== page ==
The San Ramon Valley school board is set to talk about whether to offer one permanent all-gender bathroom at each comprehensive high school campus Tuesday night.
Citing its continued efforts to create a safe and inclusive school environment for all students, the board last spring approved a one-semester pilot program to create an all-gender bathroom at all four San Ramon Valley Unified School District high schools.
District staff now recommends that the board keep the bathrooms permanently.
During the board's May 22 meeting, student leadership representatives from all four high schools -- Dougherty Valley and California in San Ramon, and Monte Vista and San Ramon Valley in Danville -- recommended that the board adopt the pilot program, explaining that the issue has been a hot topic among students for several years.
"These kids are not asking for the moon. They are asking for a place to pee," board member Rachel Hurd said at the May meeting, adding that the all-gender restroom is simply giving students more choices; if a student does not feel comfortable using it then they can move down the hall to the next restroom.
The school board is set to discuss the all-gender bathroom and other issues at its regularly scheduled meeting, Tuesday 7 p.m., 699 Old Orchard Drive in Danville.
In other business
* The long held practice of electing San Ramon Valley government officials through at-large voting may be coming to an end, as a voting rights group has sent a petition to the SRVUSD -- along with four other local government agencies -- calling for its transition to district based elections.
The petition, submitted by Scott Rafferty, Esq. on behalf of the Bay Area Voting Rights Initiative, is the first formal step under the California Voting Rights Act in moving the SRVUSD to district elections, essentially meaning residents would only vote for board member candidates in their designated geographic district -- as opposed to the current practice of all residents choosing to vote from all council candidates at-large.
The purpose for this, the petition states, is to prevent racially polarized voting and give better representation to demographics identified as a protected class.
“At -large voting dilutes minority electoral influence in the election of each of the legislative bodies in San Ramon Valley,” Rafferty wrote in the petition. “Your councils and boards should consider this advice as an opportunity to engage the community in a collaborative process that avoids adversary litigation.”
Enacted in 2002, the California Voting Rights Act provides support for residents who are in a “protected class,” stating that at-large elections impair the abilities of protected classes to influence the outcome of an election -- a protected class is defined as voters who are members of a race, color, or language minority group.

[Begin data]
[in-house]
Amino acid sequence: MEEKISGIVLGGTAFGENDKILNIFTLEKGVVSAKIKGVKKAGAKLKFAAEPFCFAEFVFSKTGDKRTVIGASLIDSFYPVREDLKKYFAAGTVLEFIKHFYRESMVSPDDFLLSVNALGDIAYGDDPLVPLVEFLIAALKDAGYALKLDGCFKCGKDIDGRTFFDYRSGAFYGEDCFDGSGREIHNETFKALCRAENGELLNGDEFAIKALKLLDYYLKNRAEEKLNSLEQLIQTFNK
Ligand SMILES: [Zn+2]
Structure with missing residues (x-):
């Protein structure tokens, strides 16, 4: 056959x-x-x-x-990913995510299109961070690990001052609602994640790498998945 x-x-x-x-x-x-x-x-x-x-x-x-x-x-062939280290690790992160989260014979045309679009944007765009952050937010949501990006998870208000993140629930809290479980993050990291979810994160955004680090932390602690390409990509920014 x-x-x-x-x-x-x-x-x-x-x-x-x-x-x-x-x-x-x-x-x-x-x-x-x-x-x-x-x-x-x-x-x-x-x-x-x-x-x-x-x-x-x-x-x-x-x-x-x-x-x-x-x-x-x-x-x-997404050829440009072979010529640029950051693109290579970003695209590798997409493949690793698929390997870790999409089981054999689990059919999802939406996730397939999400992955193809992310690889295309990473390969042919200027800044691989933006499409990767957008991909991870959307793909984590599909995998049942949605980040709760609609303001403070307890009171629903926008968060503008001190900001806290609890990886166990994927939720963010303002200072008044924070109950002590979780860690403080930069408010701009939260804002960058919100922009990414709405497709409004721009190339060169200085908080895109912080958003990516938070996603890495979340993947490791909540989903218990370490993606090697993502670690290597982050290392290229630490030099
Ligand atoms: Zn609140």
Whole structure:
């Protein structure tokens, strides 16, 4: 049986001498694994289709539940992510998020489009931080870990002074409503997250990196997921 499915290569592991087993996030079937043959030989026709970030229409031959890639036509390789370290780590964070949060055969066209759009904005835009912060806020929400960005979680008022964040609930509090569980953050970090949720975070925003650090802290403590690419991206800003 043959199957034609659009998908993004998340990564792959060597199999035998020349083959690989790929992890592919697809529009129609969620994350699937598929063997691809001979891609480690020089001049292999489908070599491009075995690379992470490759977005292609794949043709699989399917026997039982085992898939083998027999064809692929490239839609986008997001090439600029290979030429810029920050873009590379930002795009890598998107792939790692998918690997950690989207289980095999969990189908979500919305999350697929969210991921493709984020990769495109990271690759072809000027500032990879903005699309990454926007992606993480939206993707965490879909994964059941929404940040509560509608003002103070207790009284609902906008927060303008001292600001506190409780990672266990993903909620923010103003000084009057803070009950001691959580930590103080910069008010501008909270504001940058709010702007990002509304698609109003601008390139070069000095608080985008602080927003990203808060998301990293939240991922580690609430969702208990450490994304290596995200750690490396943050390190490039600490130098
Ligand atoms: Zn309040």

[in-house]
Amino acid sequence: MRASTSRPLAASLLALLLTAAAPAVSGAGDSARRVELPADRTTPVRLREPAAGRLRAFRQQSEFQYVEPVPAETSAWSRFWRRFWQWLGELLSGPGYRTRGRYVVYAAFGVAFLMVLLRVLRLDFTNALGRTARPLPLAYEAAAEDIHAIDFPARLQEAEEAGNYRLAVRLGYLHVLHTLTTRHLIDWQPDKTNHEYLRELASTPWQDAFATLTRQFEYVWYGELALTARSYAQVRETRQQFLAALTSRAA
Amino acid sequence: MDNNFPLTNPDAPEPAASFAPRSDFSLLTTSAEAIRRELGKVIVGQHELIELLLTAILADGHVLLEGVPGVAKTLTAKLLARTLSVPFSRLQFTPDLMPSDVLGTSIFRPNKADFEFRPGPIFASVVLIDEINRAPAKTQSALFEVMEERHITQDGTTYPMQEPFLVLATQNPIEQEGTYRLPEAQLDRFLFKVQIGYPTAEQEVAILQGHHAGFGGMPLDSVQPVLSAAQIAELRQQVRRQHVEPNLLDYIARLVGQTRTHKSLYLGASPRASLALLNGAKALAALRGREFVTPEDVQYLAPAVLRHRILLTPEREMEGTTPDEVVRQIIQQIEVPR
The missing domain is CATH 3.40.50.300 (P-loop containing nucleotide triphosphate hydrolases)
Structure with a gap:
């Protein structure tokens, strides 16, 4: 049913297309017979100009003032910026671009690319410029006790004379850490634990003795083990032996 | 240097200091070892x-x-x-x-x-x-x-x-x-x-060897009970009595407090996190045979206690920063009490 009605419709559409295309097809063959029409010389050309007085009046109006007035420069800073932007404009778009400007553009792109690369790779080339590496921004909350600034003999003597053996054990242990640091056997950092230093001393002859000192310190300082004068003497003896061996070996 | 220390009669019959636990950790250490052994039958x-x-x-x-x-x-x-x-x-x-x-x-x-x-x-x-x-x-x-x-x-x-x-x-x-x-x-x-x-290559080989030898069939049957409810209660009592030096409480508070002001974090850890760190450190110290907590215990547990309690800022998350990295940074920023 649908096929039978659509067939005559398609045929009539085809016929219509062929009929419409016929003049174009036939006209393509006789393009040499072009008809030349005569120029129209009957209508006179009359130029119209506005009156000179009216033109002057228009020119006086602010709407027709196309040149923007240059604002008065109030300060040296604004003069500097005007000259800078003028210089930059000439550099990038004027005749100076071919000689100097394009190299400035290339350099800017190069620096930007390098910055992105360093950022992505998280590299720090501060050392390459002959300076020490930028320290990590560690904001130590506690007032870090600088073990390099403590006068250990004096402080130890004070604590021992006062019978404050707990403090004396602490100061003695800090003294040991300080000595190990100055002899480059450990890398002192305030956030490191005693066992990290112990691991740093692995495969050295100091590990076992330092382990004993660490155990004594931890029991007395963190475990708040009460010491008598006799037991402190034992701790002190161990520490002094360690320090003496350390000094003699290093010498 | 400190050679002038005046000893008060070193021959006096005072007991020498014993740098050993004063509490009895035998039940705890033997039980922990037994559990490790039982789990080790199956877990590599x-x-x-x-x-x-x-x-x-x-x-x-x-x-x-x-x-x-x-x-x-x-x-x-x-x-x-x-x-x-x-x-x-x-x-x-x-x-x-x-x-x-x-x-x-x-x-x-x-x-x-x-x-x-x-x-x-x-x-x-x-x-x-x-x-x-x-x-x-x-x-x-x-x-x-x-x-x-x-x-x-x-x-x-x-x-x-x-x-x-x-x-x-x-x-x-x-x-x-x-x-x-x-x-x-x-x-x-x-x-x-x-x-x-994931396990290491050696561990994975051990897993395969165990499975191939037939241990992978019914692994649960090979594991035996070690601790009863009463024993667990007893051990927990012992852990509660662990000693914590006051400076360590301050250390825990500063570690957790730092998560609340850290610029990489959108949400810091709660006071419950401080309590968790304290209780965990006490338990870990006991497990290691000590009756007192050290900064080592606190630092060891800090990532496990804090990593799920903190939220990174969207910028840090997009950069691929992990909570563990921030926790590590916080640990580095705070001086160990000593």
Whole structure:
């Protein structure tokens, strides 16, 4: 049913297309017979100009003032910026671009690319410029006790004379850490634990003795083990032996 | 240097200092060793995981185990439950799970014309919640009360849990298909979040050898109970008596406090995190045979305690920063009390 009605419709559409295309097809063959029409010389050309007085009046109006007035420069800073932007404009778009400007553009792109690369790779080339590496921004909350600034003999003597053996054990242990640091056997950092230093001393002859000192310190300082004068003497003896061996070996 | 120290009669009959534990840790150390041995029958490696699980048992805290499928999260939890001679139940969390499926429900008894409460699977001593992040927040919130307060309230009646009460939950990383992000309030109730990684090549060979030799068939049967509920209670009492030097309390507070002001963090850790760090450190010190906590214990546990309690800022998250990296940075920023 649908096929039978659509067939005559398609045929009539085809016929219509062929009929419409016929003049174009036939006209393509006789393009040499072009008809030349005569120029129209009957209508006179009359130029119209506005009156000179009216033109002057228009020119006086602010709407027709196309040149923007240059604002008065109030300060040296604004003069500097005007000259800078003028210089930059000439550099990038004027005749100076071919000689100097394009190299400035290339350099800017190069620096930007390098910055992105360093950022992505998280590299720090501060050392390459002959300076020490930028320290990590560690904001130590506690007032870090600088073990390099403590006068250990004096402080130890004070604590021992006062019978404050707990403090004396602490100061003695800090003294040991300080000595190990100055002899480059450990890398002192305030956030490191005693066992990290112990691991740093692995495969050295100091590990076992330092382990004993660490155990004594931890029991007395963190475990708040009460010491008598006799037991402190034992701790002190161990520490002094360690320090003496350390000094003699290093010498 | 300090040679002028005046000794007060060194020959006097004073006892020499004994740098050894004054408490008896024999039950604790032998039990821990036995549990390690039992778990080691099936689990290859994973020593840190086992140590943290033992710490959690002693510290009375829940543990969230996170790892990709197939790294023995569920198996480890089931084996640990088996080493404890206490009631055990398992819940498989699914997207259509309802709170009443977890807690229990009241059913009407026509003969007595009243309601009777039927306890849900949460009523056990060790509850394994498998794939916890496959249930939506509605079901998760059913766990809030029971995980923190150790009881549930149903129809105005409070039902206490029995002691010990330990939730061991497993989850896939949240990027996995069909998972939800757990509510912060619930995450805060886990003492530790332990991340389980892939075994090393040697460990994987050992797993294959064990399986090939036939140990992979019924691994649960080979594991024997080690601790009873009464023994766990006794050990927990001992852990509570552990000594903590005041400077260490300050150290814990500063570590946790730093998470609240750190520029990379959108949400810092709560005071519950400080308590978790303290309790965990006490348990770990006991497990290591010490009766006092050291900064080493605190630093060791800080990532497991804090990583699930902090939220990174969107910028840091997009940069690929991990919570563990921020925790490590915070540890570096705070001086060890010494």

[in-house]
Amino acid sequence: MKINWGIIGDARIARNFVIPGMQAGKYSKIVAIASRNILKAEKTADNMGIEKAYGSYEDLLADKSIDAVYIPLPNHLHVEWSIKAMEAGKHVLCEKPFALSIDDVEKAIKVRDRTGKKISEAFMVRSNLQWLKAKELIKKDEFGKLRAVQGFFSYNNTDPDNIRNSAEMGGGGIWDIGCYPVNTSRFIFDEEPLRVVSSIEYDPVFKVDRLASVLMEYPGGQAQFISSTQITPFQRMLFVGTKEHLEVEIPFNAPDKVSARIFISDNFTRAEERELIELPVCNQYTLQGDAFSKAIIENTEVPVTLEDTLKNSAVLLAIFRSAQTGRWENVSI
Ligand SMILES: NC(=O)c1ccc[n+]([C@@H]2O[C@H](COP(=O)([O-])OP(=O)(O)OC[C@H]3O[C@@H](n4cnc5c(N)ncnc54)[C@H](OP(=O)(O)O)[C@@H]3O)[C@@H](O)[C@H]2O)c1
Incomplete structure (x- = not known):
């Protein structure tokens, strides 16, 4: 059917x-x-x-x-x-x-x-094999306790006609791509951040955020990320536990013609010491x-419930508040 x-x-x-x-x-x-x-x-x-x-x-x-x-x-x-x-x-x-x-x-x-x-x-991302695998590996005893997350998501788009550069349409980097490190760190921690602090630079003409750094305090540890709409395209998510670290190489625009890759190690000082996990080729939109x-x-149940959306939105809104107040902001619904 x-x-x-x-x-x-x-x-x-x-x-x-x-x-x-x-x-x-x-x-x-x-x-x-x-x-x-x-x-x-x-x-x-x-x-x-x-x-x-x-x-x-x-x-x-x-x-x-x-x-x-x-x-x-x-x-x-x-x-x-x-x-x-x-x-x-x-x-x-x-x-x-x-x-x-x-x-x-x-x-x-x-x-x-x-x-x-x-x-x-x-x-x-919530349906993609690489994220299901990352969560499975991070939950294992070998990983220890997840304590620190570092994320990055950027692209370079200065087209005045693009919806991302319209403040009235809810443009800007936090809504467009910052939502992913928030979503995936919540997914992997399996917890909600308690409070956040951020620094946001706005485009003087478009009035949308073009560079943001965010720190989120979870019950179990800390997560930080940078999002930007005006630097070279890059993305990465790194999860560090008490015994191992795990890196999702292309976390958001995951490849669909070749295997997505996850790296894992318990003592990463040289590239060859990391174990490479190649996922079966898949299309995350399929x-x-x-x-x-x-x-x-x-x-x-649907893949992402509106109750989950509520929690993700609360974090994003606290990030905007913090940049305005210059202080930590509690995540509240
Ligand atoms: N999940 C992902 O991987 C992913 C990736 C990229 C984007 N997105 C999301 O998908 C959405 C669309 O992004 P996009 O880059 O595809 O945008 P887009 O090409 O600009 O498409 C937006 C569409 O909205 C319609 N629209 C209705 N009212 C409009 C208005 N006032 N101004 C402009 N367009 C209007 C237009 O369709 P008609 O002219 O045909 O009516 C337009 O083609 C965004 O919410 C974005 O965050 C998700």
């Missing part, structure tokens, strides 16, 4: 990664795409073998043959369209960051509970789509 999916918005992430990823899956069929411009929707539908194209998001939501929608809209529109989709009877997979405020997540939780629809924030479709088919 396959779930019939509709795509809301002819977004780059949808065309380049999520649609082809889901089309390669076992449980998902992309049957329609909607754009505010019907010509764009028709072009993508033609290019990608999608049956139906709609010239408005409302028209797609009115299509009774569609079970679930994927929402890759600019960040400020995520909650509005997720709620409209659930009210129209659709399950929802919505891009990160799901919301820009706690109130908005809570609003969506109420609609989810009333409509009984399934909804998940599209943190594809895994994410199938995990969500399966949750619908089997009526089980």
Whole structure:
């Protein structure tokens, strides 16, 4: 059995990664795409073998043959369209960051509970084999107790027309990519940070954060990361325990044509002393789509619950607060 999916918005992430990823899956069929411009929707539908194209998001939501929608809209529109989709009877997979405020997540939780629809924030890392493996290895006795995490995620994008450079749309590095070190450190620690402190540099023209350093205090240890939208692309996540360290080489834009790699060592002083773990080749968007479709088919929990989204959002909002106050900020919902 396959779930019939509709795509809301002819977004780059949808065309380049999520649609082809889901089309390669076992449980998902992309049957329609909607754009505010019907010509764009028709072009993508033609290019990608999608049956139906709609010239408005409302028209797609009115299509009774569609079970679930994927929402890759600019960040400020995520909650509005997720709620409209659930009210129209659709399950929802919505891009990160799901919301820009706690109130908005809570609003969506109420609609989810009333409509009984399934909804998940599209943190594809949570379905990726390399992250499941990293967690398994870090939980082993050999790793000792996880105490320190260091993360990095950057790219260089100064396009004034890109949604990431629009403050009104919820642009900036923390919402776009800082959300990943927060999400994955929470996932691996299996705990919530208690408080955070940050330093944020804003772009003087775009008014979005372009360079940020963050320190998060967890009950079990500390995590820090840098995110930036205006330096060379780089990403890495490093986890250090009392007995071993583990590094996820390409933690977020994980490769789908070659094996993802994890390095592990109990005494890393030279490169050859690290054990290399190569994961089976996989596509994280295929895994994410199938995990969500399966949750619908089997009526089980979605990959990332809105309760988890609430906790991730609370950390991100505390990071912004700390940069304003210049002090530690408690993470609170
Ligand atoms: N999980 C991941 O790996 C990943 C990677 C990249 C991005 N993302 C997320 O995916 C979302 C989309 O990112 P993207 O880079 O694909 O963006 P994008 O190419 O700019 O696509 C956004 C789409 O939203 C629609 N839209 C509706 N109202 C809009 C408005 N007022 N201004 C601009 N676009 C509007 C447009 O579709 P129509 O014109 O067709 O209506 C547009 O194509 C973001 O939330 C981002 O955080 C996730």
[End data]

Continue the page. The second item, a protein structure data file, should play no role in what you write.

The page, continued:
Rafferty did acknowledge the appointment of Susanna Ordway to the board -- the SRVUSD’s first ever person of color to serve, according to Rafferty -- but pointed out that she was selected by the board, and a person of color has never been appointed by an open election.
“By appointing Trustee Ordway, the board may have intended to recognize the value of having a representative of the Asian community. This sets the stage for an elected representative, who can serve as authentic choice of the Asian community,” Rafferty wrote.
The petition was also addressed to the town of Danville, city of San Ramon, the San Ramon Valley Fire Protection District and the Dublin San Ramon Services District, all of whom participate in at-large voting.
“(SRVUSD) looks forward to engaging with our partner agencies, as well as with our community, as part of our commitment to continually examine our practices the district is interested in a collaborative process that examines various options. As this conversation evolves, the District will provide updates to our SRVUSD community,” SRVUSD spokesperson Elizabeth Graswich said.
If approved, the school board would begin the process of hiring legal aid and a demographer to create voting districts.
* The school board will also discuss the district’s financial situation and review its biannual interim report.
According to district staff, the report has found that the district has maintained positive cash balance through the end of the 2018-19 year.
* Board members are expected to approve two new members to its Parcel Tax Oversight Committee, to serve for two-year terms ending in 2020.
Scott Roberts and Bridget Pelley are expected to be sworn in, according to a district staff report. They will be tasked with providing oversight for the board to ensure that funds from the parcel tax are being spent as intended by district voters.
Established in 2004, the parcel tax gives the school district a steady flow of income from local taxpayers, enabling the school board to fund both core academic programs and advanced placement courses for students. In 2015, the parcel tax was renewed by voter for an additional nine years, extending the funding until 2024.